How 3 major events in rapid succession shaped the surreal ending of the Trump era

How 3 major events in rapid succession shaped the surreal ending of the Trump era
Photo via the White House.

It seems like only yesterday that we were all making jokes about 2020 being the worst and reassuring ourselves that 2021 was bound to be better. Looking forward to the departure of the most divisive president in U.S. history we slid into the new year relieved and a little bit complacent, secure in the knowledge that the country was soon to be rid of him. Instead, this has been the most tumultuous January in modern memory.

Each week of the new year has been momentous. Specifically, every Wednesday of the new year has been historic.

We started with the January 6th insurrection, of course, in which then-President Donald Trump incited an angry mob of thousands to storm the U.S. Capitol during a joint session of Congress to stop the constitutionally-mandated counting of the Electoral College votes for the next president, Joe Biden. That had never happened before, obviously. Until then, we never had a president so radical and so psychologically unbalanced that he would try to stop the peaceful transfer of power. But, of course, Trump was unlike any other and he persuaded tens of millions of people that they could believe him or they could believe their lying eyes and convinced them that the election had been stolen from them despite all evidence to the contrary.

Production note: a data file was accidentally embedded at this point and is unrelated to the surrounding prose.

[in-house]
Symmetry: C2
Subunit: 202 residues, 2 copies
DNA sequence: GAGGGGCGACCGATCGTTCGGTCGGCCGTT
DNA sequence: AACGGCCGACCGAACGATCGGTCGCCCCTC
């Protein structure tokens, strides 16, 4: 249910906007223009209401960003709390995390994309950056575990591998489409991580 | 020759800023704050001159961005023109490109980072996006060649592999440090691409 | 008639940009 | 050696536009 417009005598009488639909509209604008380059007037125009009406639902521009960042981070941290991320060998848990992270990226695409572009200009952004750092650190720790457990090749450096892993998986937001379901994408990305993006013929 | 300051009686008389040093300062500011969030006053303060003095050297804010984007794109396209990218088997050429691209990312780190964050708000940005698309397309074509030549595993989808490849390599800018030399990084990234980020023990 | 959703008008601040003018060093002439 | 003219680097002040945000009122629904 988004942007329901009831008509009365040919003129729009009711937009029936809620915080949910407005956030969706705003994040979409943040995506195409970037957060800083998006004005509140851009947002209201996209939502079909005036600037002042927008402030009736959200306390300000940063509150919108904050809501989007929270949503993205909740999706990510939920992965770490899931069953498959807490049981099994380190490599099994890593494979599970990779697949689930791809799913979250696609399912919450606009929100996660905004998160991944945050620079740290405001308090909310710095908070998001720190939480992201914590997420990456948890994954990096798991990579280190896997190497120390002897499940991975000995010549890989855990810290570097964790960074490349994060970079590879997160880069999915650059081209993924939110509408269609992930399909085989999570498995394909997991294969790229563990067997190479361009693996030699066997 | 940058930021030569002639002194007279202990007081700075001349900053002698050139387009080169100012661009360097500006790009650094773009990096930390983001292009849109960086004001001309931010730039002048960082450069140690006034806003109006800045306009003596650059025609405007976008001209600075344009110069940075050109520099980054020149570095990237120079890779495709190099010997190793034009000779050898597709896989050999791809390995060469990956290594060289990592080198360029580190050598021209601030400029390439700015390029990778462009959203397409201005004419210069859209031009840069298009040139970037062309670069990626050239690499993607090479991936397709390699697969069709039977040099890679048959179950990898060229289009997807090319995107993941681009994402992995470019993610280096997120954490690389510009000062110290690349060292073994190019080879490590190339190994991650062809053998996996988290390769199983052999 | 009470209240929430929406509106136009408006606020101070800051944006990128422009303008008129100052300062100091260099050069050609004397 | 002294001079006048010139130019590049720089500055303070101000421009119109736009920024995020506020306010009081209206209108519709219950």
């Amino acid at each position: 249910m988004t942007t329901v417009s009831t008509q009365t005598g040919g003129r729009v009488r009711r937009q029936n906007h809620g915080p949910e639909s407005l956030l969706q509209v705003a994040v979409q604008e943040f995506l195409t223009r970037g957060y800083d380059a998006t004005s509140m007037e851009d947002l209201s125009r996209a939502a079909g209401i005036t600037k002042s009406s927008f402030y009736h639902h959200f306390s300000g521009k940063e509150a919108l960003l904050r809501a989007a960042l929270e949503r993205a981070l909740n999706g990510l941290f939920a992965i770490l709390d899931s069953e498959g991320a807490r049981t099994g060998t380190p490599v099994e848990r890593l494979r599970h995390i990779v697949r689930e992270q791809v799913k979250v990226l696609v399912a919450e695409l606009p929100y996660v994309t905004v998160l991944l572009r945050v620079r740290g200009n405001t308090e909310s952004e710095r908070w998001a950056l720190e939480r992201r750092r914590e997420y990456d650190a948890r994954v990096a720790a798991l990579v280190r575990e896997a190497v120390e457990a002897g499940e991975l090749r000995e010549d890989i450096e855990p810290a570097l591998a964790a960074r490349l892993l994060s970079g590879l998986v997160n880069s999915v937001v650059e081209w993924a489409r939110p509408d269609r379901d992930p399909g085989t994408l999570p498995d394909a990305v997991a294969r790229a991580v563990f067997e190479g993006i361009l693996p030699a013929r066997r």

That Wednesday is going to be one of those days that will be remembered like December 7th and 9/11. It will be commonly referred to as the January 6th insurrection or, more likely, just January 6th.

The nation was left reeling and in shock by what they saw unfold on their TVs, including the speech by a president who egged the mob on and then stood by and did nothing for hours, reportedly delighted by the mob violence. Members of Congress had been targeted by the murderous rioters and were left traumatized by the experience. It was so outrageous that on the very next Wednesday, the House of Representatives took the bold and unprecedented step of impeaching President Trump for a second time.

They had no choice. Five people died on January 6th and dozens were injured. The horrific pictures were beamed around the world leaving our allies shaken and our adversaries rubbing their hands together with glee. Despite the fact that Trump would be out of office in just one week, Congress had to take a stand and they did. Even ten Republicans voted to impeach, which is saying something considering their normally supine attitude when it comes to Trump.

So on the first Wednesday of January, the United States suffered a violent insurrection and on the second Wednesday, the House of Representatives impeached the President of the United States for his role in it. Then one week later, on the third Wednesday of the month, a new president was sworn in.

Suddenly this week, after what the nation went through the first few weeks of the new year, the government went back to normal, observing its usual quadrennial rituals, necessarily altered due to the raging pandemic, but nonetheless offered up to the public as a cheerful, optimistic event as if nothing had happened.

Ask yourself what you would think if you watched these events take place in another country. Would you call that a stable democracy?